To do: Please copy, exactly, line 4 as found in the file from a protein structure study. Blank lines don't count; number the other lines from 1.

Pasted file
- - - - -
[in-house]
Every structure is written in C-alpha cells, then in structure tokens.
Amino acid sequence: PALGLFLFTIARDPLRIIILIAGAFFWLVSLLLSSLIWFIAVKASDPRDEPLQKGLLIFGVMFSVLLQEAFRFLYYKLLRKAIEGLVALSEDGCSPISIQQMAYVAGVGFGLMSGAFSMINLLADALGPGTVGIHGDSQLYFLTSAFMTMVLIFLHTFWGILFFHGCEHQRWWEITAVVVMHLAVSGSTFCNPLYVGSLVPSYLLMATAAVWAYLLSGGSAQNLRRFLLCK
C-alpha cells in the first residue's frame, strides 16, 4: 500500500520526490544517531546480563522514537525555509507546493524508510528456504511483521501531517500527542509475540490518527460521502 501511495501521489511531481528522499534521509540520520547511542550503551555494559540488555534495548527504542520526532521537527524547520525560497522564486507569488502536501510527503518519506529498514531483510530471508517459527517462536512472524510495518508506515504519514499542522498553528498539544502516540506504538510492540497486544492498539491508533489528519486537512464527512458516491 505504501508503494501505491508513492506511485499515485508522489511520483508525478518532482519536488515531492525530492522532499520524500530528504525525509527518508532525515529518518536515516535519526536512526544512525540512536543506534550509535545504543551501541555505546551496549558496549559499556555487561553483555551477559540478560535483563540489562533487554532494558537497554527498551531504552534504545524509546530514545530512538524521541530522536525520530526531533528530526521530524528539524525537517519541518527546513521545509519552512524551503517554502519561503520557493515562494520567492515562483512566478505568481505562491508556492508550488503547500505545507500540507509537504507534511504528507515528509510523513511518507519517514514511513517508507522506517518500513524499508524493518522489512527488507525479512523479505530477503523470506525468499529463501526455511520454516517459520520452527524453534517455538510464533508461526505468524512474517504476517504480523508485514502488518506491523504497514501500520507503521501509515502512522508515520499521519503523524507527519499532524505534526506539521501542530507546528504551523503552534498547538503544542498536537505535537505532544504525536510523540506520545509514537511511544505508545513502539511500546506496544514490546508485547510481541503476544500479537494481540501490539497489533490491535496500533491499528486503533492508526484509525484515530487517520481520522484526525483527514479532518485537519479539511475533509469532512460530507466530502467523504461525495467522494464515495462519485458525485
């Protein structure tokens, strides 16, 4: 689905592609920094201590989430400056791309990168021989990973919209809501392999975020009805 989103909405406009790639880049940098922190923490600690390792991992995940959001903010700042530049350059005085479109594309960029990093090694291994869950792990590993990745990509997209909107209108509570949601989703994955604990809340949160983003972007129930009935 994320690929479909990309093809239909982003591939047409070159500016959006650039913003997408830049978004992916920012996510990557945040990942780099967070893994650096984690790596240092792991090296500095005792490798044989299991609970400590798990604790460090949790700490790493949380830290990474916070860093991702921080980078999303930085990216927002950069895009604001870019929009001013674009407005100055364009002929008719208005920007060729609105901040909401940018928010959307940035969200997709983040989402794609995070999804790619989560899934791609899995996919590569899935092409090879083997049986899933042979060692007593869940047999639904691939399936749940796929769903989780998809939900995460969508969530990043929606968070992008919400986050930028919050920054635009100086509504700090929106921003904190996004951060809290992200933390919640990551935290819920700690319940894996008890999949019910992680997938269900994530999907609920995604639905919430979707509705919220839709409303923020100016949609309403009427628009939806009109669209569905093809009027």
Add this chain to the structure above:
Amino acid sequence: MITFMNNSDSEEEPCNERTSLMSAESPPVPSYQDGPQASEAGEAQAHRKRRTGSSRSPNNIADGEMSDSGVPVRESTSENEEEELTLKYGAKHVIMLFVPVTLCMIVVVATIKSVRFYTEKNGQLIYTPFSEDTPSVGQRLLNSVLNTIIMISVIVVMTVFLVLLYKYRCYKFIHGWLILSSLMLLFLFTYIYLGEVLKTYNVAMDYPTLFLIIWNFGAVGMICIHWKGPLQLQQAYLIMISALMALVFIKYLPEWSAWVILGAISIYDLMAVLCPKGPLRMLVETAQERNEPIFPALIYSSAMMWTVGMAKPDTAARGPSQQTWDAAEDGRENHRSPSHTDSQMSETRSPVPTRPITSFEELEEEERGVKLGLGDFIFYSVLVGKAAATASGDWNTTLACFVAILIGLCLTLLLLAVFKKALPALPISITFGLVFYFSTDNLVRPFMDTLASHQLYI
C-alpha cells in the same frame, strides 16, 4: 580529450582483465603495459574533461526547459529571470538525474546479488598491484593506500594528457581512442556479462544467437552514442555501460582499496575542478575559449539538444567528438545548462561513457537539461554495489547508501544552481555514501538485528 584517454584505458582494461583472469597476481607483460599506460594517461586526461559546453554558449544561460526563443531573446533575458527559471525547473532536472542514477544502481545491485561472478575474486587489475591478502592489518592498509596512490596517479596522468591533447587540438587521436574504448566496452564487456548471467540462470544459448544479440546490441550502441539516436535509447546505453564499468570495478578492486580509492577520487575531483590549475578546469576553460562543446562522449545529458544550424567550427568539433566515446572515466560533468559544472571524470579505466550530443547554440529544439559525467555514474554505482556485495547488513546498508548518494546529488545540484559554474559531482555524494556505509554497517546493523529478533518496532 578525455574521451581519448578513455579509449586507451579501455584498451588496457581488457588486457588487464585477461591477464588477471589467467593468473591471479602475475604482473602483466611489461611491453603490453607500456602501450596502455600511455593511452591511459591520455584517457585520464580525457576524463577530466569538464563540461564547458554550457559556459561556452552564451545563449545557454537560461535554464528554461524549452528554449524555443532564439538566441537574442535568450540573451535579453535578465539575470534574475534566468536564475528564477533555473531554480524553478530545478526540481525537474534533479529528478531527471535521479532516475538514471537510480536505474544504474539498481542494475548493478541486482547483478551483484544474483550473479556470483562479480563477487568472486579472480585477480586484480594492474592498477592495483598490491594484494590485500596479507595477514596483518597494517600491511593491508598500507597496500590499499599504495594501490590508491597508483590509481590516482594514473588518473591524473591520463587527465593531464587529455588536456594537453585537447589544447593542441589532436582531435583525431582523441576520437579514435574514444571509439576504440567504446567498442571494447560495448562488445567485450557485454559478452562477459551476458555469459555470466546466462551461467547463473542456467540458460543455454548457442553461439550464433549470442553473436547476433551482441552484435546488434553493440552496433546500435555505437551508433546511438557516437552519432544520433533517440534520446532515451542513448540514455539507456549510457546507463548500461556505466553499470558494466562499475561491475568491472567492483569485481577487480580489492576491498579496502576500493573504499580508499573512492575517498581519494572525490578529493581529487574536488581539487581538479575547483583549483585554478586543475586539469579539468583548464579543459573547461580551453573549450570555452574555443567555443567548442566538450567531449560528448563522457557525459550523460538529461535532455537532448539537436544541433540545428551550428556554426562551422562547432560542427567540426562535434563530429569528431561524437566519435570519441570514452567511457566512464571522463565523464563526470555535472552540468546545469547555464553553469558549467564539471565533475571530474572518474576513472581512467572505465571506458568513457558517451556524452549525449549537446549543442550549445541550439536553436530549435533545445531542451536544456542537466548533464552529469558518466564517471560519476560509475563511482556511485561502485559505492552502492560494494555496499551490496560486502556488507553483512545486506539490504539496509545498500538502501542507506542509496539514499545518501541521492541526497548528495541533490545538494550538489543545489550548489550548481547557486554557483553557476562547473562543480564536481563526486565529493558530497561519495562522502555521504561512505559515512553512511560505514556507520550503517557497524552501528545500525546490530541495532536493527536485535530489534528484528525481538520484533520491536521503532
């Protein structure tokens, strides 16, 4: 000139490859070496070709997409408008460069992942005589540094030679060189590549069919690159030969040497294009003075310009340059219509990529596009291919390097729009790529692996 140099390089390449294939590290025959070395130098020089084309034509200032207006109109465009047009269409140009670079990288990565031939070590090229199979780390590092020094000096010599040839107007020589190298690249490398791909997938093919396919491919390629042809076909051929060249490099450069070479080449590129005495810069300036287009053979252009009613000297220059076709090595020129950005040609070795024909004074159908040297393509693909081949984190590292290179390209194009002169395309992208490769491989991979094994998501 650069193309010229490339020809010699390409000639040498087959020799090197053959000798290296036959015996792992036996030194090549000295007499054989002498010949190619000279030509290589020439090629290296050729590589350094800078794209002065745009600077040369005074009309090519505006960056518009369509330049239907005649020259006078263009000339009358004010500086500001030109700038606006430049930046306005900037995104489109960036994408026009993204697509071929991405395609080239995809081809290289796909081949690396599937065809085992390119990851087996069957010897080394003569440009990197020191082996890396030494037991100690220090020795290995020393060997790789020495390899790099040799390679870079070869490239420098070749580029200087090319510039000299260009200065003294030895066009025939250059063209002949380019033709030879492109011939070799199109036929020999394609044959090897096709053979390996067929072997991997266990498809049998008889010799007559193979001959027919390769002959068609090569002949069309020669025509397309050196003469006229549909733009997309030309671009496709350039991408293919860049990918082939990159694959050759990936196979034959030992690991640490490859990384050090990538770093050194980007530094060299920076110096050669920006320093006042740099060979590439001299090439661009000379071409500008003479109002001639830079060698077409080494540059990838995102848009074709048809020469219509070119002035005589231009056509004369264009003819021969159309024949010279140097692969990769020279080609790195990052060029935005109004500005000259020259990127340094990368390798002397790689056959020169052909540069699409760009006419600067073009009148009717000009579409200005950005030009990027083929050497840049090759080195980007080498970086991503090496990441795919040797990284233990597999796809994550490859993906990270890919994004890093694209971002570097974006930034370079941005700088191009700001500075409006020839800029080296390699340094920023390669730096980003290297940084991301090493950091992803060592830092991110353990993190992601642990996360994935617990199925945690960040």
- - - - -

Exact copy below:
C-alpha cells in the first residue's frame, strides 16, 4: 500500500520526490544517531546480563522514537525555509507546493524508510528456504511483521501531517500527542509475540490518527460521502 501511495501521489511531481528522499534521509540520520547511542550503551555494559540488555534495548527504542520526532521537527524547520525560497522564486507569488502536501510527503518519506529498514531483510530471508517459527517462536512472524510495518508506515504519514499542522498553528498539544502516540506504538510492540497486544492498539491508533489528519486537512464527512458516491 505504501508503494501505491508513492506511485499515485508522489511520483508525478518532482519536488515531492525530492522532499520524500530528504525525509527518508532525515529518518536515516535519526536512526544512525540512536543506534550509535545504543551501541555505546551496549558496549559499556555487561553483555551477559540478560535483563540489562533487554532494558537497554527498551531504552534504545524509546530514545530512538524521541530522536525520530526531533528530526521530524528539524525537517519541518527546513521545509519552512524551503517554502519561503520557493515562494520567492515562483512566478505568481505562491508556492508550488503547500505545507500540507509537504507534511504528507515528509510523513511518507519517514514511513517508507522506517518500513524499508524493518522489512527488507525479512523479505530477503523470506525468499529463501526455511520454516517459520520452527524453534517455538510464533508461526505468524512474517504476517504480523508485514502488518506491523504497514501500520507503521501509515502512522508515520499521519503523524507527519499532524505534526506539521501542530507546528504551523503552534498547538503544542498536537505535537505532544504525536510523540506520545509514537511511544505508545513502539511500546506496544514490546508485547510481541503476544500479537494481540501490539497489533490491535496500533491499528486503533492508526484509525484515530487517520481520522484526525483527514479532518485537519479539511475533509469532512460530507466530502467523504461525495467522494464515495462519485458525485